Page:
Here's wishing a Selamat Hari Raya Aidilfitri to all Malaysians celebrating this joyous occasion.
Just hours away before the first day of Syawal, my mum and I was driving around our housing area, scouring for a clinic that was open as most shops and businesses had called it a night by then.
After what seemed to be an endless drive from my home, and close to giving up, we found what we were looking for - Poliklinik Cahaya.
We stepped into the clinic, illuminated under harsh fluorescent light, and were greeted by a long queue of people – some staring languidly – after what has been a long wait, I suppose. But I felt most of us were glad that at least one clinic was available.
After registering, I plopped down in the middle of a long, red-coloured cushion chair, stretched against the narrow pathway of the clinic, while I take in the many faces around me.
On my right was a Malay family of four – with two young sons decked in a navy blue and cobalt green Baju Melayu, respectively.
‘Adik’ in the cobalt green was jumping up and down the cushion – definitely not the one in need of a doctor, I thought.
Standing across them by the wall was a Chinese family of three – a grandmother carrying a baby and the baby’s mother, trying her best to cajole the young one not to cry.
Seated between the two families was a couple from Indonesia; the mummy had her baby wrapped up in sarong under her arms.
"Baby boy?" asked the grandmother, nudging at the baby in the sarong, now awake and wide eyed.
"Perempuan (Girl)," said the Indonesian lady.
“Hah, macam lelaki (like a boy),” she exclaimed, followed with a loud laughter, triggering a giggle among the parents and other patrons nearby. They continued discussing about the babies.
Standing on my left was another Chinese family – this time, a grandfather, his daughter and a young girl with tight short curls, a bit unusual for a Chinese, I thought.
‘Fish,’ said the grandfather as his grandchild tapped excitedly on the aquarium located by the entrance of the clinic.
Shortly after, 'Adik' came rushing down the long aisle, screaming incomprehensible words, before arriving at the aquarium with a huge smile and joined the little girl in their fish spotting endeavour.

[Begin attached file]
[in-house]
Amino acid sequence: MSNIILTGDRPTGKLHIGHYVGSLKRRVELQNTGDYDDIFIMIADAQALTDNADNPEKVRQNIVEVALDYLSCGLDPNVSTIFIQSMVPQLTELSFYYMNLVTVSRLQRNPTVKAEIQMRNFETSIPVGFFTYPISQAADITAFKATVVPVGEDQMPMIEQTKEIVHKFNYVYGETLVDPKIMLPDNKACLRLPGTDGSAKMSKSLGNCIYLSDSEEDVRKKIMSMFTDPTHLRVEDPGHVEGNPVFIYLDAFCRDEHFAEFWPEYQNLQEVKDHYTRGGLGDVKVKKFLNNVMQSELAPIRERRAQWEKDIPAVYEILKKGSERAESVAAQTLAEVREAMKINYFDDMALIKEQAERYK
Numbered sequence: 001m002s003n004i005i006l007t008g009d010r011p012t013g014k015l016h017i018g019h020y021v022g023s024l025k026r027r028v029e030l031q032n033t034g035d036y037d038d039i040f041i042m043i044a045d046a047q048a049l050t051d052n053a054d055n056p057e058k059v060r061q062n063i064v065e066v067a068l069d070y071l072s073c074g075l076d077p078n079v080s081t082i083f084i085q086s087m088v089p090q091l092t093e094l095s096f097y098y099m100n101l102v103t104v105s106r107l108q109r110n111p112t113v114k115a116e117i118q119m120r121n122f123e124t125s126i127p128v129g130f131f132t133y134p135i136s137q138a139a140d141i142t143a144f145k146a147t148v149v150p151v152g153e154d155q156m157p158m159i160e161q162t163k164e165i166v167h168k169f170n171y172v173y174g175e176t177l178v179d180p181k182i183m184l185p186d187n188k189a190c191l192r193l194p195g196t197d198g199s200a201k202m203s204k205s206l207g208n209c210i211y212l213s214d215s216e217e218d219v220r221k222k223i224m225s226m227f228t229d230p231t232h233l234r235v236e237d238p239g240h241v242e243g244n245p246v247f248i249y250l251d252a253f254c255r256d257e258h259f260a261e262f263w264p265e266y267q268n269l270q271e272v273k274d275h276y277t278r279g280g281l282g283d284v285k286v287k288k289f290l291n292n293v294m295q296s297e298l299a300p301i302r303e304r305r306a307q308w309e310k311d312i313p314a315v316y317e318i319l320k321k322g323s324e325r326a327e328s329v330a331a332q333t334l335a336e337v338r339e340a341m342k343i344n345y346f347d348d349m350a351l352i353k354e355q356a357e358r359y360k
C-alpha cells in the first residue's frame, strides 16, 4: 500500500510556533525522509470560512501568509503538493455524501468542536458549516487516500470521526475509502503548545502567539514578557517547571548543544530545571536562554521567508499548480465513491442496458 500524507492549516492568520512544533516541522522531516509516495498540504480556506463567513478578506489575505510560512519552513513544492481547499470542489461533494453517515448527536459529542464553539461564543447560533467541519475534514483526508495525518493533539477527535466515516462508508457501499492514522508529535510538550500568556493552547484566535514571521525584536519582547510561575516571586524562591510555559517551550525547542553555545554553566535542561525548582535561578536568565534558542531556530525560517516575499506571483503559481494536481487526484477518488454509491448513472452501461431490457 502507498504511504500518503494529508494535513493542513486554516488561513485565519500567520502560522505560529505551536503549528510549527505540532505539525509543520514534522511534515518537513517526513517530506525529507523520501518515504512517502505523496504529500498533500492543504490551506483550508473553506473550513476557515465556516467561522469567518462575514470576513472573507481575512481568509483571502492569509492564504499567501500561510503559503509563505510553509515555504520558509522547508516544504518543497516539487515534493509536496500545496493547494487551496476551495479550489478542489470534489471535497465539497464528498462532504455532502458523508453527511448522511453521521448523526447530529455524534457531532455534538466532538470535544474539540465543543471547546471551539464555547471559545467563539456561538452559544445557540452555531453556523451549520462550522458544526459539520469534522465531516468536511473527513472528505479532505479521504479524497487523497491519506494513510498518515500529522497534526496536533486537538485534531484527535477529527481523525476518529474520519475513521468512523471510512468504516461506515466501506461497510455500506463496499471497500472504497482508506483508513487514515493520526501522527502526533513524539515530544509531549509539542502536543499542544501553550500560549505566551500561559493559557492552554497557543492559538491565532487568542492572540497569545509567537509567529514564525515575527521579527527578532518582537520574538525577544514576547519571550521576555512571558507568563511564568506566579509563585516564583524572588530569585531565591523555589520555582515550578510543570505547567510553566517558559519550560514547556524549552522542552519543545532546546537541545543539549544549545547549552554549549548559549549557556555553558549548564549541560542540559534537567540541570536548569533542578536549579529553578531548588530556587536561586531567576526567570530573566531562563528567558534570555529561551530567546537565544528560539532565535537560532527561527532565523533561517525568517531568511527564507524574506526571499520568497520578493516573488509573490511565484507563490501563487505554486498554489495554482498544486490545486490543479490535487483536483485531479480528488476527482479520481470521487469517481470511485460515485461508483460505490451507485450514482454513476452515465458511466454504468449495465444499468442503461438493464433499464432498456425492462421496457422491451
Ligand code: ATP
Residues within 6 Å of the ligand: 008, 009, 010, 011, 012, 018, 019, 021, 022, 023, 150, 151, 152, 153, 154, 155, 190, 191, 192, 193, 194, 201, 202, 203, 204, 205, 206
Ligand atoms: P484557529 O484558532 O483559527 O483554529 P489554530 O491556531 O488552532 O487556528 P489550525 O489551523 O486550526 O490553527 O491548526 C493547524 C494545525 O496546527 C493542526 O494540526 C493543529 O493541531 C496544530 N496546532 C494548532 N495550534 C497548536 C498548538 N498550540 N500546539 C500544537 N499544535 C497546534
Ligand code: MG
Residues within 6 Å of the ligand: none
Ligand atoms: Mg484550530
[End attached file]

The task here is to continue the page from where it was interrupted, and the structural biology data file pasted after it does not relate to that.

Meanwhile, over in the examination room at the back of the clinic, I spotted a big burly Indian man, helping his mother to an oxygen breathing device.
More patrons walked in and out. Faces from different walks of life.
It had been more than half an hour of waiting. I was getting anxious, amidst the chattering and mixture of babies laughing and crying.
Then, a young Malay man walked in with blood stains on his white sneakers, followed by a very concerned looking Chinese uncle. I suspect there had been a motorcycle accident. We quickly made way for the young man to get into the emergency room.
Just as that happened, my name was called and I went in to see the doctor.
Five minutes later, I came out and took a seat nearest to the medicine dispensary.
Another family of three then walked into clinic – the father in light orange Baju Melayu took a seat next to my mother, with a sour faced little girl on his lap.
‘Anak demam ke(Is your child sick)?" he asked my mum.
He and my mother started talking to each other, presumably about each other's daughters, as I stood at the counter with the clinic assistant explaining the prescription for my illness – a menu of fever, sore throat, flu and cough.
Just before we left, we wished Selamat Hari Raya to the family my mother had been chatting with. They reciprocated with the same greeting and a warm smile.
By now, you might be thinking why have you spent five minutes to read a story about a trip to the clinic.
Indeed, there is nothing out of the ordinary about this story – just a few families, in need of a doctor, at the same time, while sharing stories, greetings and laughter among each other, regardless of age and race.
For me, it's a reminder to be appreciative that even in such mundane activity, there is diversity and that there is always room for conversations.
As I sat there in the clinic wheezing in my breathing, it felt quite good in my heart to know that most of us were talking and engaging with one another.
No need for expensive, soppy TV ads – such a scene reflected harmony and respect in the simplest way, I thought.
Here’s wishing a speedy recovery to the families I met at the clinic.
And Selamat Hari Raya to the Muslim community, and also to all Malaysians who are on work duty during these few special days to serve the needy.
- by Astro Awani, Cynthia Ng